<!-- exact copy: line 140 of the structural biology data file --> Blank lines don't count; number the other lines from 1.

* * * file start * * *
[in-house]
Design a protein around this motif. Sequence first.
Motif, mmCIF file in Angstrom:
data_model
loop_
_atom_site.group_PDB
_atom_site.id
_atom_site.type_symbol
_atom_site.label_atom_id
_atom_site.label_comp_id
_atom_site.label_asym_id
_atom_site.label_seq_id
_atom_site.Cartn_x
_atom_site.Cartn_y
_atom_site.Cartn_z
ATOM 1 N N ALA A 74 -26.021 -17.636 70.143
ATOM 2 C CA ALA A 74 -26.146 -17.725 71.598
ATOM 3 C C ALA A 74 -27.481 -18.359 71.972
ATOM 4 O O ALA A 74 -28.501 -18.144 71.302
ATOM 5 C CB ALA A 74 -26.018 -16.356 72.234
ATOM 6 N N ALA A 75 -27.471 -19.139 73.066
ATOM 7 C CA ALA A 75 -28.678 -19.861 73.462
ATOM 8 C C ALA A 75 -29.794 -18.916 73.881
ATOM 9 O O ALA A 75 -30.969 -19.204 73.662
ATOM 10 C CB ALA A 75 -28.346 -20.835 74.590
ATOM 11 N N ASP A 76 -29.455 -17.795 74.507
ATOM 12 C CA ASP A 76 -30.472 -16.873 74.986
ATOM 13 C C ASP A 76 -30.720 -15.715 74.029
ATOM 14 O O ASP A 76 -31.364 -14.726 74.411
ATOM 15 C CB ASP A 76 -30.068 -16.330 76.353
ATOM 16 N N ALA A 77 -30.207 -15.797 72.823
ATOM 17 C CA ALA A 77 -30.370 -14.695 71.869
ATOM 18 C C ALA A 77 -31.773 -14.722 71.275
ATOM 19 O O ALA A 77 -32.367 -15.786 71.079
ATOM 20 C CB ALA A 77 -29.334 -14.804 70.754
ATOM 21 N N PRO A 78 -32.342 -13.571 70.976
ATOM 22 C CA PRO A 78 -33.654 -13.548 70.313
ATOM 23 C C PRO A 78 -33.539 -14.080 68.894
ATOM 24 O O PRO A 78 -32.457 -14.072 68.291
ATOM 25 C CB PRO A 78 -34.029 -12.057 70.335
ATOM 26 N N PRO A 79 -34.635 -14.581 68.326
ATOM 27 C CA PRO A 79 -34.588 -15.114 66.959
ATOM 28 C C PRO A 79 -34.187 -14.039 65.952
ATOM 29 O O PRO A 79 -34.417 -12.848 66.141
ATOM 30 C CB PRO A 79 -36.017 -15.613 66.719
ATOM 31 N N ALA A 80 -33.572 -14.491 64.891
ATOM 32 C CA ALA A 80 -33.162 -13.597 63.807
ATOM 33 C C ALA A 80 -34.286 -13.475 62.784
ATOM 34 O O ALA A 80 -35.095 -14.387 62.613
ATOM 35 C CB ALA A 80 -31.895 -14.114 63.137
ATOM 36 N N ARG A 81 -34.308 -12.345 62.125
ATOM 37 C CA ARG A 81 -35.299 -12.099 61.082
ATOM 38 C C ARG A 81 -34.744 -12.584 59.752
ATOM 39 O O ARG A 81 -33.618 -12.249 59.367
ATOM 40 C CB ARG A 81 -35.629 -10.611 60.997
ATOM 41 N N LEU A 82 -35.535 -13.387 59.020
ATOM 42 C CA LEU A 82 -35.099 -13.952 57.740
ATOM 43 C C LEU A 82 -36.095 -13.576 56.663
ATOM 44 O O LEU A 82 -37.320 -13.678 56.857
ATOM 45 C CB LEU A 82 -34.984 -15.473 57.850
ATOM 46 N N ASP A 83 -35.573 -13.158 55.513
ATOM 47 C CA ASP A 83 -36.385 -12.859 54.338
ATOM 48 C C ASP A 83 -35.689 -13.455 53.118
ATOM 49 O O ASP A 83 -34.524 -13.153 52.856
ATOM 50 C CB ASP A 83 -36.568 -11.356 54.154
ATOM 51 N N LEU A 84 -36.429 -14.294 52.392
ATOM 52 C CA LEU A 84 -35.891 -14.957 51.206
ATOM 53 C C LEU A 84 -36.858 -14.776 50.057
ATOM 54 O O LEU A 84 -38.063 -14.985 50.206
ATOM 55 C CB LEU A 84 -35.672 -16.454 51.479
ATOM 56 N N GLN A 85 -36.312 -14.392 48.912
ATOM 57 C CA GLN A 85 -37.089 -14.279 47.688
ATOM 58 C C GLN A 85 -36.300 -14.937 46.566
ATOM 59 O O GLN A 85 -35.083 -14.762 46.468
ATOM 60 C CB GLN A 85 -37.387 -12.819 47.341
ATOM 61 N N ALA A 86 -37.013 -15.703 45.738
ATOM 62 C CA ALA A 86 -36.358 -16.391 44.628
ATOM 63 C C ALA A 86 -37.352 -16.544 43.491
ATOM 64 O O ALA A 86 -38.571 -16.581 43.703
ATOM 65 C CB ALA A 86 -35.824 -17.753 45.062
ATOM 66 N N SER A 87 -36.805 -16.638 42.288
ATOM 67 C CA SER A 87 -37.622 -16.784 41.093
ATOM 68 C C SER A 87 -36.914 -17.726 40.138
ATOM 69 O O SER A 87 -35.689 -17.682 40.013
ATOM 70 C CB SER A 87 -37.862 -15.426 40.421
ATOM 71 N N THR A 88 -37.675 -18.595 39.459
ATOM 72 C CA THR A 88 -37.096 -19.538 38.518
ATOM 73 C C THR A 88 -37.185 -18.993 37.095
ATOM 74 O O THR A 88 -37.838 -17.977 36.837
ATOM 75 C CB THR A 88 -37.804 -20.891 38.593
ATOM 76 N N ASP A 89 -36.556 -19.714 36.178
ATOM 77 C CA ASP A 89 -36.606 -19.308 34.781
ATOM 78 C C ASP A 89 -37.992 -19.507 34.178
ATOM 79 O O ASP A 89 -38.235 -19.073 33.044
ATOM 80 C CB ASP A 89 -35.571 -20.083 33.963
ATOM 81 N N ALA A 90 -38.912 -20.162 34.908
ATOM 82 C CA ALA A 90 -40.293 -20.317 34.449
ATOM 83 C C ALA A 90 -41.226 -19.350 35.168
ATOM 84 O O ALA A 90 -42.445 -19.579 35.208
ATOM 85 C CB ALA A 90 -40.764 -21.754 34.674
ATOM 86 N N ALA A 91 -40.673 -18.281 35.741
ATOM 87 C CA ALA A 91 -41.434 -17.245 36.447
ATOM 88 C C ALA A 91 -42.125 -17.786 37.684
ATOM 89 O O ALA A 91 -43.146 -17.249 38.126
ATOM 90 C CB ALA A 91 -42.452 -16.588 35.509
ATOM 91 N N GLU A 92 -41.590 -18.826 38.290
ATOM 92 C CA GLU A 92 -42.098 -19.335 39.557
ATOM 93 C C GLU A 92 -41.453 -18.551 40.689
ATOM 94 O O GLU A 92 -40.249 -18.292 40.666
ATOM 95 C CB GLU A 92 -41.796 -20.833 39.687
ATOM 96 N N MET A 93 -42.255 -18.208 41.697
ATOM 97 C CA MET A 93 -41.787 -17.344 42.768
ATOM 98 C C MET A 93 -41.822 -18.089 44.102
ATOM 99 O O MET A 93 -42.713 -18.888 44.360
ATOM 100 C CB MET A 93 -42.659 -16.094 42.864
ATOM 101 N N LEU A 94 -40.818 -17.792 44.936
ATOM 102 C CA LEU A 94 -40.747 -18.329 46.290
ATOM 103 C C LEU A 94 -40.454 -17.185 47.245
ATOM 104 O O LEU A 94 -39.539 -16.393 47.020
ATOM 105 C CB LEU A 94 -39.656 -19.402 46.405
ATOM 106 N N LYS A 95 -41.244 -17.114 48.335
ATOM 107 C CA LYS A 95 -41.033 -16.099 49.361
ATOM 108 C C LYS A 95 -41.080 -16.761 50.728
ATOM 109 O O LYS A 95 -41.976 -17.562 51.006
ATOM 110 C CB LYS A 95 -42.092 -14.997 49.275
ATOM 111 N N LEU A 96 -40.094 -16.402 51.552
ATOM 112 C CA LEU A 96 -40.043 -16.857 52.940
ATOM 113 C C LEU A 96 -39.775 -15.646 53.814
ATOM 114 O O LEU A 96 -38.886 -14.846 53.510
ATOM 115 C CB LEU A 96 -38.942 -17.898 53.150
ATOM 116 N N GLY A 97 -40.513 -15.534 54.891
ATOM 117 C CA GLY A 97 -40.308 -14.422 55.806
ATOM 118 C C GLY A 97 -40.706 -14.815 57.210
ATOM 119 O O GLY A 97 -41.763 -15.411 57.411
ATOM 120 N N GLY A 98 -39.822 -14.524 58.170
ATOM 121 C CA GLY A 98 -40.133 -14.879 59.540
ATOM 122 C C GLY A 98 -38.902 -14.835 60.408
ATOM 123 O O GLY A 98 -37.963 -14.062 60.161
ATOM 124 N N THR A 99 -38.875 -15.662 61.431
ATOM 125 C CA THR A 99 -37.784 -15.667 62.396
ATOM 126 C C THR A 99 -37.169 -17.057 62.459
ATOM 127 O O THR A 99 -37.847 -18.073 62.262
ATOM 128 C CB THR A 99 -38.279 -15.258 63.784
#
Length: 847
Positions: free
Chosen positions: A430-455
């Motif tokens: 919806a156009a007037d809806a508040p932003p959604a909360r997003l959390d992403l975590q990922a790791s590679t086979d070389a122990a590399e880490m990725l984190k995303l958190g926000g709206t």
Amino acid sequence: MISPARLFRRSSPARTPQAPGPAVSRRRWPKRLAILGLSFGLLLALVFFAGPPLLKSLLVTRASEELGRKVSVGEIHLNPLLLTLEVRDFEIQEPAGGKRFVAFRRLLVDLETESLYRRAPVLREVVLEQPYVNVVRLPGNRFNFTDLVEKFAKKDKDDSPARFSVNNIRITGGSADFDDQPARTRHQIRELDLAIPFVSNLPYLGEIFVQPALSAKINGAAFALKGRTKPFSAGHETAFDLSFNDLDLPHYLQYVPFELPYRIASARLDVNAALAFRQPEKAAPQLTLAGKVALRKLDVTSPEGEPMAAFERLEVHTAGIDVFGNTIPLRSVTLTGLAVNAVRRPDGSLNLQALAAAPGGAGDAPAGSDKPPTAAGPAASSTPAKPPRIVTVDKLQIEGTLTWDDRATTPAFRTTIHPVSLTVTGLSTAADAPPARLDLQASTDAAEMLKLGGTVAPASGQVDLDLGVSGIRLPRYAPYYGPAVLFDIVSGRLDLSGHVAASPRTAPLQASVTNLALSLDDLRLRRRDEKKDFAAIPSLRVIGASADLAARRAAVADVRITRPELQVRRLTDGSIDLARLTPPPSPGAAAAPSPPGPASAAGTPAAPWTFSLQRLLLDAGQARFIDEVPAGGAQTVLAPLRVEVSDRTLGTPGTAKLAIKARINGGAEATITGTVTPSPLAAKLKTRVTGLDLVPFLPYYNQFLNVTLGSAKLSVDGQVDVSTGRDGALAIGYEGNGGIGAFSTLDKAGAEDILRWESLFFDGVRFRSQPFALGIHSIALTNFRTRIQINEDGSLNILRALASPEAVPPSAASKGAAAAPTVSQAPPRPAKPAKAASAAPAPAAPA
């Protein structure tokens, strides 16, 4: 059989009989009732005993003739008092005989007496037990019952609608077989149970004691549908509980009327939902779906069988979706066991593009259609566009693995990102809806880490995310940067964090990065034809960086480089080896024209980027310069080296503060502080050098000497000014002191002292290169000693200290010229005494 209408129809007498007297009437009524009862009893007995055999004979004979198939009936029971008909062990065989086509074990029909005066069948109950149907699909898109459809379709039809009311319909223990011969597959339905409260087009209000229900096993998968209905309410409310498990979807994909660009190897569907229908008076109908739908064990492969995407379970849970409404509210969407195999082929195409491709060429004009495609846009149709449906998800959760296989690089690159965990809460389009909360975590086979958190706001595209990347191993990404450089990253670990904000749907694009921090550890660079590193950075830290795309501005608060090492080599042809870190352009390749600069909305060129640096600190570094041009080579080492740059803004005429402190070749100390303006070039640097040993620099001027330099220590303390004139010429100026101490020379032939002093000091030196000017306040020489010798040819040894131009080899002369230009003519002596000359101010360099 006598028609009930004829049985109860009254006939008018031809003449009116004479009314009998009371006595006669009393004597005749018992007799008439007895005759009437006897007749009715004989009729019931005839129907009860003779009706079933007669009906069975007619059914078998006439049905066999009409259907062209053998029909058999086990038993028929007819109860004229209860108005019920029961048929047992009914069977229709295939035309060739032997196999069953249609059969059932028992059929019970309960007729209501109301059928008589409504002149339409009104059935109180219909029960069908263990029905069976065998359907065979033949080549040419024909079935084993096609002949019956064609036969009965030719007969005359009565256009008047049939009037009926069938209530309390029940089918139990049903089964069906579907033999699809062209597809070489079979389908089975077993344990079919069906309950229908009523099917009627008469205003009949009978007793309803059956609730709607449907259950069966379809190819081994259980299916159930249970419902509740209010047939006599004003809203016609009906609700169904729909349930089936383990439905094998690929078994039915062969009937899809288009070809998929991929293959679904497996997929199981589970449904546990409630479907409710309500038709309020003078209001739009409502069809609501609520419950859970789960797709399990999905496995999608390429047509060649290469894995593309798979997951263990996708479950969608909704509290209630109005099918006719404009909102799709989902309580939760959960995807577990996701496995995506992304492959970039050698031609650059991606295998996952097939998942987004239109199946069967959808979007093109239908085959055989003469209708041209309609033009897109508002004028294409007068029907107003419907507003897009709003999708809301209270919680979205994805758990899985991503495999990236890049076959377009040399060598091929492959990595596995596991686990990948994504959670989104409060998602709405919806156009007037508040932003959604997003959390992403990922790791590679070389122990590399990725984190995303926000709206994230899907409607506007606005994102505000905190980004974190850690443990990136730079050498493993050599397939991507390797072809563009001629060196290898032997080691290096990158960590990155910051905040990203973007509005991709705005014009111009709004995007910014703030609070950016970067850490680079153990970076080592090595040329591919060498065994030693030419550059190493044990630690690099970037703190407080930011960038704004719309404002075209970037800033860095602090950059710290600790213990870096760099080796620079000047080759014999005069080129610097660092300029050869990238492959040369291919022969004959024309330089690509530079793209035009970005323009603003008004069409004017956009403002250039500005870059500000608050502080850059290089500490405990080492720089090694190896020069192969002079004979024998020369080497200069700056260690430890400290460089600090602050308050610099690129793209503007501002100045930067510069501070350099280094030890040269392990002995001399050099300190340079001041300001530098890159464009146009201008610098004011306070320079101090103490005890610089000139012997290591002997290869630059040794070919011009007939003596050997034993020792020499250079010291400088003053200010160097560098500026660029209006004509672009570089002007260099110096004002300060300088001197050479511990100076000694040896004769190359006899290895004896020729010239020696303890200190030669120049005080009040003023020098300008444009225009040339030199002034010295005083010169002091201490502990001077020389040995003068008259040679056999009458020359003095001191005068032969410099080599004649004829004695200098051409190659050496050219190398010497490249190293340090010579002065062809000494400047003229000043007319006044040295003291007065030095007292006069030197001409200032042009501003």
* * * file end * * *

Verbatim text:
ATOM 125 C CA THR A 99 -37.784 -15.667 62.396